Apr 1, 2010

This Budd's for you, but not for the CBC

CBC Radio has canned Barbara Budd, co-host of As It Happens — radio that's too cheeky to be Canadian. She leaves the nightly call-out news program April 30. “I would never, never, ever walk away from a show that I still truly love,” Budd told the Toronto Globe & Mail.

As with NPR decisions that led to Bob Edwards’ departure from Morning Edition, the CBC is putting more reportorial folks in hosting jobs, Guy Dixon wrote in the Globe & Mail. “In a general sense, it’s true that with the evolution of the show, we are looking to put more of a focus on hosts who are also journalists,” a CBC spokesman told Dixon.

Budd acknowledges that she's a presenter in a fizzy, congenial interview on CBC-TV. Her earlier career as an actress caught up with Budd, says her onetime CBC boss, former NPR ombudsman Jeffrey Dvorkin in his blog. “After 17 years on the job, Barbara is a journalist, as far as I am concerned.” Dvorkin suspects that the CBC regards radio talent as expendable and wants to try out younger TV journalists on the show.

Budd or the CBC made her departure more graceful than Edwards’ was. Budd said on CBC’s website that many strangers had recognized her voice over the years and would typically remark, “Well, I’m so glad to finally put a face to the voice.” And she'd reply, “We’ll, I’m so glad to put a face to the ears.” So Budd has asked listeners to send photos for that purpose (address:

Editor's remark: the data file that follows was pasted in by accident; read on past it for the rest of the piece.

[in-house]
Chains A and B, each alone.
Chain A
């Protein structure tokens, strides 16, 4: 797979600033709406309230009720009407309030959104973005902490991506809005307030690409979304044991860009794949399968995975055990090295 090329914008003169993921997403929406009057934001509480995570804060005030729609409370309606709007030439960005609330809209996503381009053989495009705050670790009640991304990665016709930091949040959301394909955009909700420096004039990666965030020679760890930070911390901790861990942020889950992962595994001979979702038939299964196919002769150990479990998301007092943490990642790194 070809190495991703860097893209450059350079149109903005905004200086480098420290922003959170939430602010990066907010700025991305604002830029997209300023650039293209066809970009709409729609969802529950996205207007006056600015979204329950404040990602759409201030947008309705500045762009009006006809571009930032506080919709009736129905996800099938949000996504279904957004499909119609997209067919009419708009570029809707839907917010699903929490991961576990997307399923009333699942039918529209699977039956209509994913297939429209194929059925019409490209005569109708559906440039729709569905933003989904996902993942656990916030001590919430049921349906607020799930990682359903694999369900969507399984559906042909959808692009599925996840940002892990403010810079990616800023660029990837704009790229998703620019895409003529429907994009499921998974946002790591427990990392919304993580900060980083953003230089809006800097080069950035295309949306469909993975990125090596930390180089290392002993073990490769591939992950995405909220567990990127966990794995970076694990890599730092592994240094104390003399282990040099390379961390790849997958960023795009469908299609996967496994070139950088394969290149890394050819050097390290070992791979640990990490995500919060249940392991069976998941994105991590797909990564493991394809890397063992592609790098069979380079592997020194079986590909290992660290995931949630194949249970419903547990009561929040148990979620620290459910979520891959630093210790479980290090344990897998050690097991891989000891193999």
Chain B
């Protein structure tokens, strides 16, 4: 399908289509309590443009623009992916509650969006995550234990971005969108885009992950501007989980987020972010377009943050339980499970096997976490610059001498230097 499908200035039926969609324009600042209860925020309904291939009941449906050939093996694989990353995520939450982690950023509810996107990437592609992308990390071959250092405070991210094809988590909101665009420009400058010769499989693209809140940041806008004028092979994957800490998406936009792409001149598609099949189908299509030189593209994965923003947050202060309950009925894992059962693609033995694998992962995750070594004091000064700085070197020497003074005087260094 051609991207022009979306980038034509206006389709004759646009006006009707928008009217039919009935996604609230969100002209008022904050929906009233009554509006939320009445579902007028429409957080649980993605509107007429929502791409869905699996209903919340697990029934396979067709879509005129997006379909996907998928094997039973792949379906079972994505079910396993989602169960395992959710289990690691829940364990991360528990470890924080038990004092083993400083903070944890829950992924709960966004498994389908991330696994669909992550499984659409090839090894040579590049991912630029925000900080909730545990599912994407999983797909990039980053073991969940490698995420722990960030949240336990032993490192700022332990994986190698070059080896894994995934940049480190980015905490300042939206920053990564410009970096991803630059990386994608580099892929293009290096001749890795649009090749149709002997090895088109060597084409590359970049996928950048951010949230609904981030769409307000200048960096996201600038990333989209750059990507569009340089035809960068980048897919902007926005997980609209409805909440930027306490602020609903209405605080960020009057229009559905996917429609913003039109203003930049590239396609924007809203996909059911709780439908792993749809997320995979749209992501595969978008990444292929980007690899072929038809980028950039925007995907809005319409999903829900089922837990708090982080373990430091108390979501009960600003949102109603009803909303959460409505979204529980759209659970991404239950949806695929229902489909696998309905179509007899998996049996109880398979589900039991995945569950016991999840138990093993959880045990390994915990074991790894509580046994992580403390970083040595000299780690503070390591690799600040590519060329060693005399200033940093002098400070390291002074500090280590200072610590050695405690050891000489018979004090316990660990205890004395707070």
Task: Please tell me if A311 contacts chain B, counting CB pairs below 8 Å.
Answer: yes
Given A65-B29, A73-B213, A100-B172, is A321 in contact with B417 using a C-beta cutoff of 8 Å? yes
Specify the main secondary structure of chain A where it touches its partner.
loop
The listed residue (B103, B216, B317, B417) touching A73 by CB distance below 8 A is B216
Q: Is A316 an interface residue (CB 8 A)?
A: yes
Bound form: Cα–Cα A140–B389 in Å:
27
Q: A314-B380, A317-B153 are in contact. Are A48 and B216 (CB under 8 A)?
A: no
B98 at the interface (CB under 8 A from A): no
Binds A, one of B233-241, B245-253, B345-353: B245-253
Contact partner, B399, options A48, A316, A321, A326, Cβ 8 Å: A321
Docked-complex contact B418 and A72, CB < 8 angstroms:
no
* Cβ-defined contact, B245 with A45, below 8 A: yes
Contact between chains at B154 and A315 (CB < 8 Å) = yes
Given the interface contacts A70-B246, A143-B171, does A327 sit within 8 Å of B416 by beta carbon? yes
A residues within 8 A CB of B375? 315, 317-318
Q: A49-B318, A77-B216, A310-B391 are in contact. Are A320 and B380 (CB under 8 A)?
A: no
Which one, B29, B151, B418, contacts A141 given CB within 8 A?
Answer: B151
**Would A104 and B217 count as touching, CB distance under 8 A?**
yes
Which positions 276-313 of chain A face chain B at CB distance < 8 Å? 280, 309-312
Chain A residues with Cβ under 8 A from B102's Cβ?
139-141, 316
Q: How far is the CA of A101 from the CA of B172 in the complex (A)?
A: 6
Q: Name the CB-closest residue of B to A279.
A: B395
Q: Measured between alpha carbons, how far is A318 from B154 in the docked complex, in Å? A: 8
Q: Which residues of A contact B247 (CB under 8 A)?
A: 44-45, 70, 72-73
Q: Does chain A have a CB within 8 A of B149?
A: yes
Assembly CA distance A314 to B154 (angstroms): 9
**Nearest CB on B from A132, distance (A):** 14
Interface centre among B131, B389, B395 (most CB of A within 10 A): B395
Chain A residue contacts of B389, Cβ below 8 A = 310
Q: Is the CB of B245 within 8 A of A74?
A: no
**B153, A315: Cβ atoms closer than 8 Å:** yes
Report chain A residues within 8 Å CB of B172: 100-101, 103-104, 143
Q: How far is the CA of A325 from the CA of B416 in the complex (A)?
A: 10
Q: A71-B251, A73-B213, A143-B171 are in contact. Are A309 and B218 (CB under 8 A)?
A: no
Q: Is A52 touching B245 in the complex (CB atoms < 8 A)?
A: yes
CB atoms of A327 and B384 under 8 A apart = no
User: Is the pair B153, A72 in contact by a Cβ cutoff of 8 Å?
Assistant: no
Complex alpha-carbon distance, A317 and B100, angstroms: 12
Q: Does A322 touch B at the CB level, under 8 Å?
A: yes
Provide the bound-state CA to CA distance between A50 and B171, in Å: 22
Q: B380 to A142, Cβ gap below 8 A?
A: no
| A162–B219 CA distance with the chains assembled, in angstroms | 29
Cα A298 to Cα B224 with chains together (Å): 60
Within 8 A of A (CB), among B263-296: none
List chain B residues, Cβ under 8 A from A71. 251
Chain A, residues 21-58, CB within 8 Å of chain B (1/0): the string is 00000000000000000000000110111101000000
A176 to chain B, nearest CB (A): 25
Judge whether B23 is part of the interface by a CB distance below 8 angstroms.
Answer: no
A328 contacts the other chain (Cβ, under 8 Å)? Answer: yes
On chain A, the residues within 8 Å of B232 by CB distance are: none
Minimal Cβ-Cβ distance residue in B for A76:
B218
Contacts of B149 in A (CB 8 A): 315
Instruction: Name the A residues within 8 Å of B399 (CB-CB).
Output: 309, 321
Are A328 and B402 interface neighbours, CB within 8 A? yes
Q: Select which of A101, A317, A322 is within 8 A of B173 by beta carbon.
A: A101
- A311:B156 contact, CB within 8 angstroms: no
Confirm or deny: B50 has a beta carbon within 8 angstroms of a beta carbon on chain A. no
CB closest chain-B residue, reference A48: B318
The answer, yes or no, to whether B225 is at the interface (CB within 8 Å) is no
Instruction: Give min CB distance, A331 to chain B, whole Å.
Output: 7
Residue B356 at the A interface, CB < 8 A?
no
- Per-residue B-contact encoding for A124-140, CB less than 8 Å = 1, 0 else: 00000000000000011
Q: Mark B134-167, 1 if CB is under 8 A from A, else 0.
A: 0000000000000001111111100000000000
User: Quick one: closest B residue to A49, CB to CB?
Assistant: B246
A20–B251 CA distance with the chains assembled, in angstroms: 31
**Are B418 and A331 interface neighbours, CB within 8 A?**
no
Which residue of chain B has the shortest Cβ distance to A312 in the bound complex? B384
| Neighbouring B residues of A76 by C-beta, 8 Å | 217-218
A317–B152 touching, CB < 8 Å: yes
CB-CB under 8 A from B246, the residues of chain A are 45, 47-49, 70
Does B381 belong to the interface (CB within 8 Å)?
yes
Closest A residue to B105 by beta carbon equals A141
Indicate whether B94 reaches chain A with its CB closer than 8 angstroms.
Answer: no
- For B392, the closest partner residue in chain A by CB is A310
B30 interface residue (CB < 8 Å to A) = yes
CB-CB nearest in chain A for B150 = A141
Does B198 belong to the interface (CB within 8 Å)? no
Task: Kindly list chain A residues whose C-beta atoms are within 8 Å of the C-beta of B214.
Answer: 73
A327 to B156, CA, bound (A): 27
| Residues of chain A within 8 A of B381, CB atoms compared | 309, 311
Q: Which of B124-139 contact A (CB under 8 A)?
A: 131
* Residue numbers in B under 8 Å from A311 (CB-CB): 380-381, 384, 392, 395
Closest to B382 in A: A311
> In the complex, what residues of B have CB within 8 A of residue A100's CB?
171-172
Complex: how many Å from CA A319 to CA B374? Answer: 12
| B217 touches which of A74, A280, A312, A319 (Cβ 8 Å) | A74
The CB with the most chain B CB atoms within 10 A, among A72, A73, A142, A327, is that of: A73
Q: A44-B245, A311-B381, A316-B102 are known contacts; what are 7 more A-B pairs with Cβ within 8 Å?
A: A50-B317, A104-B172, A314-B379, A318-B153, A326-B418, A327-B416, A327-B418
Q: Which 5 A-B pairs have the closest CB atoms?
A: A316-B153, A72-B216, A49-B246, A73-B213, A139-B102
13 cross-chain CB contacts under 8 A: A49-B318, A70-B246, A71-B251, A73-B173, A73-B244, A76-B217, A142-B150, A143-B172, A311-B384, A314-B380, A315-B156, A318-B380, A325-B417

The program is distributed in the States by American Public Media.

Connection to community important to "New Muslim Cool," report details

"New Muslim Cool: Engaging Stakeholders in the Filmmaking Process" is the latest Public Media 2.0 Field Report from the Center for Social Media at American University. The ongoing series of case studies, funded by the Ford Foundation's Future of Public Media project, focuses on participatory and multiplatform work. "From development to production to distribution and outreach, all stages of this media project are characterized by a strong connection to the community portrayed in the film," the Muslim hip-hop world, according to the report. Find out the challenges overcome and creative approaches used in the PBS film here (PDF).

APTS names Thompson interim president

Lonna Thompson will serve as interim president and CEO of the Association of Public Television Stations in the wake of Larry Sidman's departure (Current, March 14). The Board of Trustees approved the appointment effective today. Thompson also will continue in her current role of executive veep and general counsel for APTS.

Car rams through wall at WPBS in northern New York

WPBS in Watertown, N.Y., got a jolt early last Saturday when a car crashed through one of its walls, reports, a northern New York news site. Fortunately, no one was inside the station. A 19-year-old was driving by the station at 4:27 a.m. when, he told police, he swerved to avoid a dog. The car veered into oncoming traffic, struck a curb, went airborne and landed in the side of the PBS affiliate's building. Timothy Ames, director of technology and chief engineer at the station, told Current no word yet on costs to repair the damage. The driver was treated for a leg injury and charged with failure to keep right and driving at an unreasonable speed.